In 2012, we the voters approved Proposition 30 creating a six-year tax on higher incomes (over $250,000 for an individual and $500,000 for households). It is set to expire in 2018. Prop 55 extends it 12 years. The state's budget is in much better shape now, and we continue to make progress. Continuing the higher rate would definitely help maintain the gains of the last few years. There are two serious issues I have with doing that. First, temporary should be temporary. It was promised as such, and we should keep our promises, plain and simple. I don't have a serious problem with the higher rate. The theory that the wealthy would move out of state has been shown untrue by the statistics. But the second serious issue is that higher incomes are highly volatile, particularly capital gains. In the past, that has made the state's revenues shoot up and down. We need to have a more stable income stream to keep is financially healthy. I hate the fact that I'm agreeing with John Coupal on this, but even a broken clock is right twice a day.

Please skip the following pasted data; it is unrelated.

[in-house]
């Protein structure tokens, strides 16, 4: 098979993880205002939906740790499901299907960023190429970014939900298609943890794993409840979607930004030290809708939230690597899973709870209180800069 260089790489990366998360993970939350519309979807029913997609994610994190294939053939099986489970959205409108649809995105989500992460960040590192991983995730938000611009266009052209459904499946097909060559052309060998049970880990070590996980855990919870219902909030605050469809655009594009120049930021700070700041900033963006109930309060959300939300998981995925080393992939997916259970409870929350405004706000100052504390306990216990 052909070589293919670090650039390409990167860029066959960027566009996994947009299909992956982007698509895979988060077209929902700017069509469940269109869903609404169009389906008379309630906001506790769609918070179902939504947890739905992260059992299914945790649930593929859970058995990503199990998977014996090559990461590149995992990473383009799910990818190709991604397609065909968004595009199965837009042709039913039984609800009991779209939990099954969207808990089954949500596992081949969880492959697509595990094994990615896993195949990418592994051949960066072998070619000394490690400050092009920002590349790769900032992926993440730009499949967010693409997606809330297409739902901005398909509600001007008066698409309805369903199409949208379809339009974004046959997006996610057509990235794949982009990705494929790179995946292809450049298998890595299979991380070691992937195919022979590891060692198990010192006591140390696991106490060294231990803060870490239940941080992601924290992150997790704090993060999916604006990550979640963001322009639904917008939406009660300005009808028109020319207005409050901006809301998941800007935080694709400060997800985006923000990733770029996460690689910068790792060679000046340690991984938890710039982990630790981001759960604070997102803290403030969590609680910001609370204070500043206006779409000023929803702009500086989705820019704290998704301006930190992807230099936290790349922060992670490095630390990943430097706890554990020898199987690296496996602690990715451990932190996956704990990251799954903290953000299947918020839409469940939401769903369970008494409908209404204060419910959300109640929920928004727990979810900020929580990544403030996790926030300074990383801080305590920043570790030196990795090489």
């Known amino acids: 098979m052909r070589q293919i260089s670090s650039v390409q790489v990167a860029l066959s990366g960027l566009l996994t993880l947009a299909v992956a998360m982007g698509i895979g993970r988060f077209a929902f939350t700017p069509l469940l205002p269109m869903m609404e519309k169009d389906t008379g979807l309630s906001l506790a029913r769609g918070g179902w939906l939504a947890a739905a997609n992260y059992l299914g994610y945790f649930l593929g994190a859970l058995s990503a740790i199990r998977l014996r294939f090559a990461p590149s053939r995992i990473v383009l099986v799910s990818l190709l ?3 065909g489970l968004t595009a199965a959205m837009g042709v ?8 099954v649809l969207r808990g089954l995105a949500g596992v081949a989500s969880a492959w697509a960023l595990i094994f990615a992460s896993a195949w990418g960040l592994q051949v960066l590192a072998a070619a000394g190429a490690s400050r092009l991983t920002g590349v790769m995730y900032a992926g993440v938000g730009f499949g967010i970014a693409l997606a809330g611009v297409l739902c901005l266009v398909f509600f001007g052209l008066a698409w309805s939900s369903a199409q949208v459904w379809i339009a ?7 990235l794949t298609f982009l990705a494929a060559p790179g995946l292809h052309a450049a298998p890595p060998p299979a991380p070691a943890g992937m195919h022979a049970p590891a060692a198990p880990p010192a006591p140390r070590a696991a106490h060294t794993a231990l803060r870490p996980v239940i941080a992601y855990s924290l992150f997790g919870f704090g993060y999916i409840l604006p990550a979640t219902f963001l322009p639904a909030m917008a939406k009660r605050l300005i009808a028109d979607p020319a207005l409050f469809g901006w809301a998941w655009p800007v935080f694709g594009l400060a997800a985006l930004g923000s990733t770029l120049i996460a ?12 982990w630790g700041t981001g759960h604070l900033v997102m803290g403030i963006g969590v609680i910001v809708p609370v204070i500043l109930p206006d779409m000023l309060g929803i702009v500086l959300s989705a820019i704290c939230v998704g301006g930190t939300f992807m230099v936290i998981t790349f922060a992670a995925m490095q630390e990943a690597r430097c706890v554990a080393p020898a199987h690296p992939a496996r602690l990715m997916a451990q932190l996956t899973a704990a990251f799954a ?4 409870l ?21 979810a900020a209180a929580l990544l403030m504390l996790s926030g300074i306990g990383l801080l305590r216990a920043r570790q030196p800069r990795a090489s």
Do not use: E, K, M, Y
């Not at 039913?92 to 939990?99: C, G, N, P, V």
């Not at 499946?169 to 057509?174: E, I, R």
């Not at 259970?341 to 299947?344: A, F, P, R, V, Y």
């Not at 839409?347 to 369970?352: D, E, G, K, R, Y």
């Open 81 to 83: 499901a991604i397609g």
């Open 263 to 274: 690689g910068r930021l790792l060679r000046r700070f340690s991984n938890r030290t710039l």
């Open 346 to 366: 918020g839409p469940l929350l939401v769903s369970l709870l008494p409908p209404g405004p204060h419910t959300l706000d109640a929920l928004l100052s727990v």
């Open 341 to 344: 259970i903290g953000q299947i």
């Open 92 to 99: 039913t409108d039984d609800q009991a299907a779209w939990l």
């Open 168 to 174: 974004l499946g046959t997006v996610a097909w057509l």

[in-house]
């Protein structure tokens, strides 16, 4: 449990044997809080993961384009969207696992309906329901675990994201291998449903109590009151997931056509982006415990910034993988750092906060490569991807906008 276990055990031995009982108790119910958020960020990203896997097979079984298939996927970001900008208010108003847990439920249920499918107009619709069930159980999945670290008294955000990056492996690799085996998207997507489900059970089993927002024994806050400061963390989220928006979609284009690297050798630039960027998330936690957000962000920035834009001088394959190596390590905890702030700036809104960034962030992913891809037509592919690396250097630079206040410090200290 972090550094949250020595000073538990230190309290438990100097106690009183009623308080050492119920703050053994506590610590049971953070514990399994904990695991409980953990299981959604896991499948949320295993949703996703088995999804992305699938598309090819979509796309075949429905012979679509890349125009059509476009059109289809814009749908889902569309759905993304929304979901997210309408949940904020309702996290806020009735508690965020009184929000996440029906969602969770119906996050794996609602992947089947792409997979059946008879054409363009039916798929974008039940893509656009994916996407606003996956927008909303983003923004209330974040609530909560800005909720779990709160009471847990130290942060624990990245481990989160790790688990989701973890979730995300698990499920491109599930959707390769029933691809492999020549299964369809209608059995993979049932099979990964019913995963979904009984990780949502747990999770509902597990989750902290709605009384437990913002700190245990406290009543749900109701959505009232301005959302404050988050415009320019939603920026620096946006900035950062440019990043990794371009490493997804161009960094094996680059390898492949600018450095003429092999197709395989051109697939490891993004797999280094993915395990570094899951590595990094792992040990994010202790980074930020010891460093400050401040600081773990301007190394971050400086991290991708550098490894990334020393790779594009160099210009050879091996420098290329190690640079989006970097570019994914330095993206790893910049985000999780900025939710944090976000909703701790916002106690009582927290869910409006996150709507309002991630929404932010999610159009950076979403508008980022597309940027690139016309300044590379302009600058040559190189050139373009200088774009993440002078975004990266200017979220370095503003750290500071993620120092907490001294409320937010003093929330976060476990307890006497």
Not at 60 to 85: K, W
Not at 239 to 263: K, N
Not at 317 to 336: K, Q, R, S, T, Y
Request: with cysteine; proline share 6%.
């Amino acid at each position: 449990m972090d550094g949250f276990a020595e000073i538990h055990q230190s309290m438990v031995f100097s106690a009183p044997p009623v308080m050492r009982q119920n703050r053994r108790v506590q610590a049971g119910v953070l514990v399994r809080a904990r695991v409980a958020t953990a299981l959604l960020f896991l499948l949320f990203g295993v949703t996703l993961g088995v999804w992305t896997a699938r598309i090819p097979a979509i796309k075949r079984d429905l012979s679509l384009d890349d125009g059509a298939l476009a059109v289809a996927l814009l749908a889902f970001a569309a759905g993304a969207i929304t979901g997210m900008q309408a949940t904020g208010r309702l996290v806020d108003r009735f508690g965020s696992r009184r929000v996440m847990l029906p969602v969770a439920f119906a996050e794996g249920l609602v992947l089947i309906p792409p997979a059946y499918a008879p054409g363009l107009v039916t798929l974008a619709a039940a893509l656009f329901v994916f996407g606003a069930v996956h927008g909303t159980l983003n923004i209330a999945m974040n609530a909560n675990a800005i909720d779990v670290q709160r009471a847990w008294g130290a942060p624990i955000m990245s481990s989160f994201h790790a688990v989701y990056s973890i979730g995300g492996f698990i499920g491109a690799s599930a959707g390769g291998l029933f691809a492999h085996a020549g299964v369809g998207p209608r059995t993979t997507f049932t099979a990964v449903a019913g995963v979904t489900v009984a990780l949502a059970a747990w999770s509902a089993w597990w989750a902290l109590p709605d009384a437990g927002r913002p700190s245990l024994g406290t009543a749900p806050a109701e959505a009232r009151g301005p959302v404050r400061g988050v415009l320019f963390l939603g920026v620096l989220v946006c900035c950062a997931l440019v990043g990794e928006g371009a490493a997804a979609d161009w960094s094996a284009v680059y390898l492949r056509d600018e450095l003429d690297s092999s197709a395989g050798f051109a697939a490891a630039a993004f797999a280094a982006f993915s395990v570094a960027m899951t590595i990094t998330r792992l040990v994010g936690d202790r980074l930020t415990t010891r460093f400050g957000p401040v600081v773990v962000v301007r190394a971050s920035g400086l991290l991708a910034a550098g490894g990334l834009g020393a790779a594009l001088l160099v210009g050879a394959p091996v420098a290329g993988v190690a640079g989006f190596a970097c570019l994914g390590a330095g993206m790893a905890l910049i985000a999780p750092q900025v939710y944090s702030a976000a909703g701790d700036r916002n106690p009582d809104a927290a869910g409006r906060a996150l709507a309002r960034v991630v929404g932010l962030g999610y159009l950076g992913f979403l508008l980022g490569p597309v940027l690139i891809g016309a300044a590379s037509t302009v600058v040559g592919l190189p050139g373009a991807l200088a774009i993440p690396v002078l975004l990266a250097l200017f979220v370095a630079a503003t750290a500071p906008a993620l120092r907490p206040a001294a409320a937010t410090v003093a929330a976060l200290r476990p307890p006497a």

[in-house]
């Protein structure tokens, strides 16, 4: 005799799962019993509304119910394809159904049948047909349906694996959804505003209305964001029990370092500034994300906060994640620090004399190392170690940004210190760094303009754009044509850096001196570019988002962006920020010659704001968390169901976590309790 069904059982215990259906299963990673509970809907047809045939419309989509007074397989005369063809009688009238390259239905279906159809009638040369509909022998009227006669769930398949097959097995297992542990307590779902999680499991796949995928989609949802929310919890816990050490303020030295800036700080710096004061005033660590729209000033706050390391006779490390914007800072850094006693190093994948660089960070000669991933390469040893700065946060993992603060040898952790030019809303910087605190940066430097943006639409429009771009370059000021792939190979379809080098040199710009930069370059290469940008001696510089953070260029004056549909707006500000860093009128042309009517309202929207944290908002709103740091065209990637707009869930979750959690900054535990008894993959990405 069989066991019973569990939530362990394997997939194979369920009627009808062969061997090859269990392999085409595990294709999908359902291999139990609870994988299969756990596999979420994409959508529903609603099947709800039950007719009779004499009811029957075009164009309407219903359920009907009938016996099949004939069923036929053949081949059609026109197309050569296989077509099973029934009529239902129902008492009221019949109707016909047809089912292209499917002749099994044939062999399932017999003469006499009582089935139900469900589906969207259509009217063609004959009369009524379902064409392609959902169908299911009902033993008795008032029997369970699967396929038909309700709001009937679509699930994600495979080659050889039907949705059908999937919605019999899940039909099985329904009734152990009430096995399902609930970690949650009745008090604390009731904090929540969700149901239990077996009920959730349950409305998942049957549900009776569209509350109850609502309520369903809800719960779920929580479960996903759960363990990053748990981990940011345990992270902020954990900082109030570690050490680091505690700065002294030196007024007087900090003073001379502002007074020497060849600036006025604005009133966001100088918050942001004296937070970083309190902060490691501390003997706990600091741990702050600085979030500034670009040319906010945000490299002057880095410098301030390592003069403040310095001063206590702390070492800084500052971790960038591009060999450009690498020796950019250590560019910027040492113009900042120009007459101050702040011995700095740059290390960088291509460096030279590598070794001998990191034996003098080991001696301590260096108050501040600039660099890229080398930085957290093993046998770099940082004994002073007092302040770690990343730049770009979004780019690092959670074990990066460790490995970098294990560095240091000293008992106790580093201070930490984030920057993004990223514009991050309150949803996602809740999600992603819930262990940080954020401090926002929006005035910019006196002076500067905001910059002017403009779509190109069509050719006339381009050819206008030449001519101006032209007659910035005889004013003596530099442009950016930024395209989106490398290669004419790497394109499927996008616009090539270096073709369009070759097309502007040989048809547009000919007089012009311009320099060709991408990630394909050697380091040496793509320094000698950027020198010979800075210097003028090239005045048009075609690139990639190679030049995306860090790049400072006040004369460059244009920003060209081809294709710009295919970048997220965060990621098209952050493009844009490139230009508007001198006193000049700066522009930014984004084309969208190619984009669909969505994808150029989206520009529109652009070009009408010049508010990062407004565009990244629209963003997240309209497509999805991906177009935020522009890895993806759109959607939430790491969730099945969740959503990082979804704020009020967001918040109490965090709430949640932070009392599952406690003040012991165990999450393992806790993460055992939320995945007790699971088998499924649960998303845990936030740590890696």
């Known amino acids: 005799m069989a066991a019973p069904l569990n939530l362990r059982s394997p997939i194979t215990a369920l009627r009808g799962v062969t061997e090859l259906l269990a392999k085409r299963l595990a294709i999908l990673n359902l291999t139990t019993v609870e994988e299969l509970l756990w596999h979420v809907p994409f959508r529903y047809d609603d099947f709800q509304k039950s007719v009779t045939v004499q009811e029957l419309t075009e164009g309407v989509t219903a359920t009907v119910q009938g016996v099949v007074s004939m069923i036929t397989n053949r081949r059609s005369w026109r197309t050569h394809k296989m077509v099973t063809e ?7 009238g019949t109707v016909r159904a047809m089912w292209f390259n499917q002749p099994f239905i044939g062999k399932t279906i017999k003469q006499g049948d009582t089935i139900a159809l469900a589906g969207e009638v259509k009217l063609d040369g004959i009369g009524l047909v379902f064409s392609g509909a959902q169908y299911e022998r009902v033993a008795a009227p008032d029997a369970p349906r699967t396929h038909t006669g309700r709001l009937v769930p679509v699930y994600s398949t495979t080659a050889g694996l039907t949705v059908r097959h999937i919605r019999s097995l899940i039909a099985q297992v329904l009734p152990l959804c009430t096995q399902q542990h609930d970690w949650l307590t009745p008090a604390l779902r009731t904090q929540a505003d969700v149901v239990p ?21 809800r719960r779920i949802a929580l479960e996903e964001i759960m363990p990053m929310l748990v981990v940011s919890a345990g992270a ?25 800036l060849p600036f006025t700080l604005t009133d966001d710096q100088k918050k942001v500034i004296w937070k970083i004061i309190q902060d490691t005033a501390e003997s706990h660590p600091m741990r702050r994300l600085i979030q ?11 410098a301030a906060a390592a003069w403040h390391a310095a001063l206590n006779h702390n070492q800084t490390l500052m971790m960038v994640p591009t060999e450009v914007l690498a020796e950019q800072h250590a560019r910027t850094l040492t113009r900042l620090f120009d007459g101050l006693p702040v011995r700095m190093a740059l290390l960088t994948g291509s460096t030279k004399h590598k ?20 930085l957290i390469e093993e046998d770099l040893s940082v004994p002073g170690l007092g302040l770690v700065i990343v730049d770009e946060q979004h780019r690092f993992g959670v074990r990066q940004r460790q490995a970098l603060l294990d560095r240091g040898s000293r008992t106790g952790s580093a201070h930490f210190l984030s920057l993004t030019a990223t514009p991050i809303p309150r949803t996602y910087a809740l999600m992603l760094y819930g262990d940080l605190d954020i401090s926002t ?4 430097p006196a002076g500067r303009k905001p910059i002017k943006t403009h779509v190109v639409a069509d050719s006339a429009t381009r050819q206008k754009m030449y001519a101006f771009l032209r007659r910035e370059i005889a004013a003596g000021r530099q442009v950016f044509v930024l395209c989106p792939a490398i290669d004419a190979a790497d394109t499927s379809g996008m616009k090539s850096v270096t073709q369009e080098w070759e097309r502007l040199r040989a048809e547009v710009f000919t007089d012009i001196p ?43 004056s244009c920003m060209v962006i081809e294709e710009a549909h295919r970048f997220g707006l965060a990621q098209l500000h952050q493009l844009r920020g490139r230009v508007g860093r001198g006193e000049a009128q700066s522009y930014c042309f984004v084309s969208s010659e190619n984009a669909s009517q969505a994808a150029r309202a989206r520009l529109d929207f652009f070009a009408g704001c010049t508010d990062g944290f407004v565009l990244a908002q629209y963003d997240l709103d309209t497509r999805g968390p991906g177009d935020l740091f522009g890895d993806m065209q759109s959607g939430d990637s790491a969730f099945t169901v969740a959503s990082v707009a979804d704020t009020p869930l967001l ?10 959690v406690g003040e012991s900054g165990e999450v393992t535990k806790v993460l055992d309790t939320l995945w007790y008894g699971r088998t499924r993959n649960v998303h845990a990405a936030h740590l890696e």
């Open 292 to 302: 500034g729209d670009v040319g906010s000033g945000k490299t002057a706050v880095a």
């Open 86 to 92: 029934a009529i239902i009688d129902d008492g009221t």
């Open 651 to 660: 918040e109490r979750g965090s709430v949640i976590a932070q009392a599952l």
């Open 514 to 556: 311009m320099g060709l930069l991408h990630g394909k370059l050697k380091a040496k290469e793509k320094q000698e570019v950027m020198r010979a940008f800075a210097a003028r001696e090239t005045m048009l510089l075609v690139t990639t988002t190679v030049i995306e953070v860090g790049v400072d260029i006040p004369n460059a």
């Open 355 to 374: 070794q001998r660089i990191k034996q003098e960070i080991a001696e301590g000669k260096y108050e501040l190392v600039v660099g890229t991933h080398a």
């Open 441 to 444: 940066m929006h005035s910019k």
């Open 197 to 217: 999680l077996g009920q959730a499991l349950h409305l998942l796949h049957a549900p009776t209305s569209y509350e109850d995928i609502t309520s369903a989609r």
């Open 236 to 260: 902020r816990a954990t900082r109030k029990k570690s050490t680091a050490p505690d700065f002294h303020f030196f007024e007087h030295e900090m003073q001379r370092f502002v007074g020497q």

Recommendation – No

Prop. 56 — Tobacco Tax

Big tobacco is strongly opposing this one. Do you need to know more? Okay, the proposal is to raise the tobacco tax by $2 a pack. The reasoning why is simple:

  • Most smokers start as teens

  • Teens are very price sensitive

  • Our tax is one of the lowest in the nation

  • It is well documented that raising tobacco taxes reduces tobacco usage